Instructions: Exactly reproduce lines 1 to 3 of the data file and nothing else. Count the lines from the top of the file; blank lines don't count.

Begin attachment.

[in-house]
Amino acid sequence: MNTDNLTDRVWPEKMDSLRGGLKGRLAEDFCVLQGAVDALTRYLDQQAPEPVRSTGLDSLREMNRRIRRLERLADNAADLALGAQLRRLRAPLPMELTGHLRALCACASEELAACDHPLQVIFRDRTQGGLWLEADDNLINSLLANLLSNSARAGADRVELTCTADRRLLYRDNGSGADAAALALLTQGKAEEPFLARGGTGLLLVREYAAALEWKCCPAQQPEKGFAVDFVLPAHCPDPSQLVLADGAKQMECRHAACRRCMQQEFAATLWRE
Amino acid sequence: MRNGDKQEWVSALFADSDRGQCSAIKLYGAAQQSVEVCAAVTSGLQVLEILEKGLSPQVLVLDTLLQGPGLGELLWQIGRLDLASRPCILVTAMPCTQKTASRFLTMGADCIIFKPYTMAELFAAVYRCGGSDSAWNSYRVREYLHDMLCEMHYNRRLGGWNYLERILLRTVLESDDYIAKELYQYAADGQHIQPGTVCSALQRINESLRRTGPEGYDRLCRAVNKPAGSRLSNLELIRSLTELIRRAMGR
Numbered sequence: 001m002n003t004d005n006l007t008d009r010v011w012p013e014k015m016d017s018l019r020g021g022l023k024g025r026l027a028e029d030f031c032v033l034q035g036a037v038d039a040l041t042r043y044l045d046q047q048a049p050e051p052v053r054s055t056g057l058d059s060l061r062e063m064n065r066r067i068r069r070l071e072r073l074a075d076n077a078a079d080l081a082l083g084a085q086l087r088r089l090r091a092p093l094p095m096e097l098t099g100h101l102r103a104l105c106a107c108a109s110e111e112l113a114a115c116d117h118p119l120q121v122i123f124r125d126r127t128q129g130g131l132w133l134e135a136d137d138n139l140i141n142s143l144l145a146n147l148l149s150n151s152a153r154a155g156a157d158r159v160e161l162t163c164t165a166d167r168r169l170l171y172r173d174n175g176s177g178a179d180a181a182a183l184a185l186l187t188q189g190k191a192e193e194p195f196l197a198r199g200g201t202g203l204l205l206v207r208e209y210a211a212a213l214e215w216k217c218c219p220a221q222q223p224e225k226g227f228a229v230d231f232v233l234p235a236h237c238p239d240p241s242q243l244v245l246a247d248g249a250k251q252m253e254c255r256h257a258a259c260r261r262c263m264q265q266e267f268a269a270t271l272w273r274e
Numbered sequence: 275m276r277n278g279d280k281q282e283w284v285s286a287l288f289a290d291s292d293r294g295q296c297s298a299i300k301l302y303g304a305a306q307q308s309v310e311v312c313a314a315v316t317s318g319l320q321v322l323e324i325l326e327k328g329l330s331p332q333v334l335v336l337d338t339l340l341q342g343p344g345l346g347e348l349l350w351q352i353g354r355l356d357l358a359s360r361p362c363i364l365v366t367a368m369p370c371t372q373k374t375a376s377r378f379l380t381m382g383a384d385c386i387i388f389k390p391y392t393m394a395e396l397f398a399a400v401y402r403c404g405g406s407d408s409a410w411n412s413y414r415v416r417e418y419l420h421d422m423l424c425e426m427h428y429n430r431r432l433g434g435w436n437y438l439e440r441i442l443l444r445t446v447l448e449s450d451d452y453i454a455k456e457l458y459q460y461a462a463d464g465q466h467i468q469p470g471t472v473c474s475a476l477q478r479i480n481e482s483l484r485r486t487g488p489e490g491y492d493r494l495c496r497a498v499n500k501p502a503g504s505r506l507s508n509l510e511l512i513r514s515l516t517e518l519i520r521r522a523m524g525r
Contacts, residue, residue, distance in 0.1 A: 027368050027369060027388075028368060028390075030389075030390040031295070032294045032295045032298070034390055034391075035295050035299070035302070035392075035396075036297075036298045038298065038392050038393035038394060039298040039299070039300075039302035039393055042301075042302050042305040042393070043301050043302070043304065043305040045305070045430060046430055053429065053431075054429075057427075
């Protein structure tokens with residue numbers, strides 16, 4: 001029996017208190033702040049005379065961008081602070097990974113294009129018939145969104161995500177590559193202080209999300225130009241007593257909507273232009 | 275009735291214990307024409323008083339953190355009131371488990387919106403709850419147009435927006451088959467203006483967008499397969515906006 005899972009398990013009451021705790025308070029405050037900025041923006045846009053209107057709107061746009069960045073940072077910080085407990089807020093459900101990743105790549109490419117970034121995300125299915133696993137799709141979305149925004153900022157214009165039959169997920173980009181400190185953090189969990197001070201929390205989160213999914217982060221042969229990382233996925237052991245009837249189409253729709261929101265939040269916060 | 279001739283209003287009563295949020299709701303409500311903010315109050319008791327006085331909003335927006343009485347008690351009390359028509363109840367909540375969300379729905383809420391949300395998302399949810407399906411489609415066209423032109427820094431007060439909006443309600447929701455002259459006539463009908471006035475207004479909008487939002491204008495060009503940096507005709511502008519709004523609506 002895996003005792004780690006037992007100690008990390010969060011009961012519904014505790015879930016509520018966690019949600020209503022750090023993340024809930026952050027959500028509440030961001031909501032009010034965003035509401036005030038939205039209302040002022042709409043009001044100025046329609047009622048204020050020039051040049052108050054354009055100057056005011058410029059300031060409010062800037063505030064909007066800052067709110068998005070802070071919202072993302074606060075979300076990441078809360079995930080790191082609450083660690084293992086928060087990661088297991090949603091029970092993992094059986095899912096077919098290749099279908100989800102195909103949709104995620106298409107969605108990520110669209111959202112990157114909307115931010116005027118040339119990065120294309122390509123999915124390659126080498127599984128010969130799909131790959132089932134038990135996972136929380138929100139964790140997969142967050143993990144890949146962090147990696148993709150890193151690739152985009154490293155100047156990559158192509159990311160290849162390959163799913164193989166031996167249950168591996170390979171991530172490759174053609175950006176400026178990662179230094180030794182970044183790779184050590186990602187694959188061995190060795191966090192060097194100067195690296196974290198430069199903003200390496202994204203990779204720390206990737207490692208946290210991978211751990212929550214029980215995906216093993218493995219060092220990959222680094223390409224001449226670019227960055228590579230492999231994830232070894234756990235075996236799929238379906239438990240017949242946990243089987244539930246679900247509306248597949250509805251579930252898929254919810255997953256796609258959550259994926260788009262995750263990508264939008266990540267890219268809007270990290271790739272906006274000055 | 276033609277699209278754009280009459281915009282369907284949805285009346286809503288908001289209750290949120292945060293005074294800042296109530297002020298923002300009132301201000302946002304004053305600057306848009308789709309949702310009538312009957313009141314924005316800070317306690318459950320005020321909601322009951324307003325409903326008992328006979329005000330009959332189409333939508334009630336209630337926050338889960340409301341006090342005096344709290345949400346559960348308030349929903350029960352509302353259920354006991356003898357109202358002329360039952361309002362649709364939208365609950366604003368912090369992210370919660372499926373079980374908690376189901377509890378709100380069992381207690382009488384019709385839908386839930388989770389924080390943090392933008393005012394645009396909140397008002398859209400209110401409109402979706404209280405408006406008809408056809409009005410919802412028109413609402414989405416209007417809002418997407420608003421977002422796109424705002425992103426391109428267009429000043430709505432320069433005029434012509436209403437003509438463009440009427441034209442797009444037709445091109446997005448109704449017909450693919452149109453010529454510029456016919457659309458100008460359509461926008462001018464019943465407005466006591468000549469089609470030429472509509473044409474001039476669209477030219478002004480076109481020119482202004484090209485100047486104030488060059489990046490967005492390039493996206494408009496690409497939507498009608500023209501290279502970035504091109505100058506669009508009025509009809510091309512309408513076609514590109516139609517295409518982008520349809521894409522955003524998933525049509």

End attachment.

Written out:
[in-house]
Amino acid sequence: MNTDNLTDRVWPEKMDSLRGGLKGRLAEDFCVLQGAVDALTRYLDQQAPEPVRSTGLDSLREMNRRIRRLERLADNAADLALGAQLRRLRAPLPMELTGHLRALCACASEELAACDHPLQVIFRDRTQGGLWLEADDNLINSLLANLLSNSARAGADRVELTCTADRRLLYRDNGSGADAAALALLTQGKAEEPFLARGGTGLLLVREYAAALEWKCCPAQQPEKGFAVDFVLPAHCPDPSQLVLADGAKQMECRHAACRRCMQQEFAATLWRE
Amino acid sequence: MRNGDKQEWVSALFADSDRGQCSAIKLYGAAQQSVEVCAAVTSGLQVLEILEKGLSPQVLVLDTLLQGPGLGELLWQIGRLDLASRPCILVTAMPCTQKTASRFLTMGADCIIFKPYTMAELFAAVYRCGGSDSAWNSYRVREYLHDMLCEMHYNRRLGGWNYLERILLRTVLESDDYIAKELYQYAADGQHIQPGTVCSALQRINESLRRTGPEGYDRLCRAVNKPAGSRLSNLELIRSLTELIRRAMGR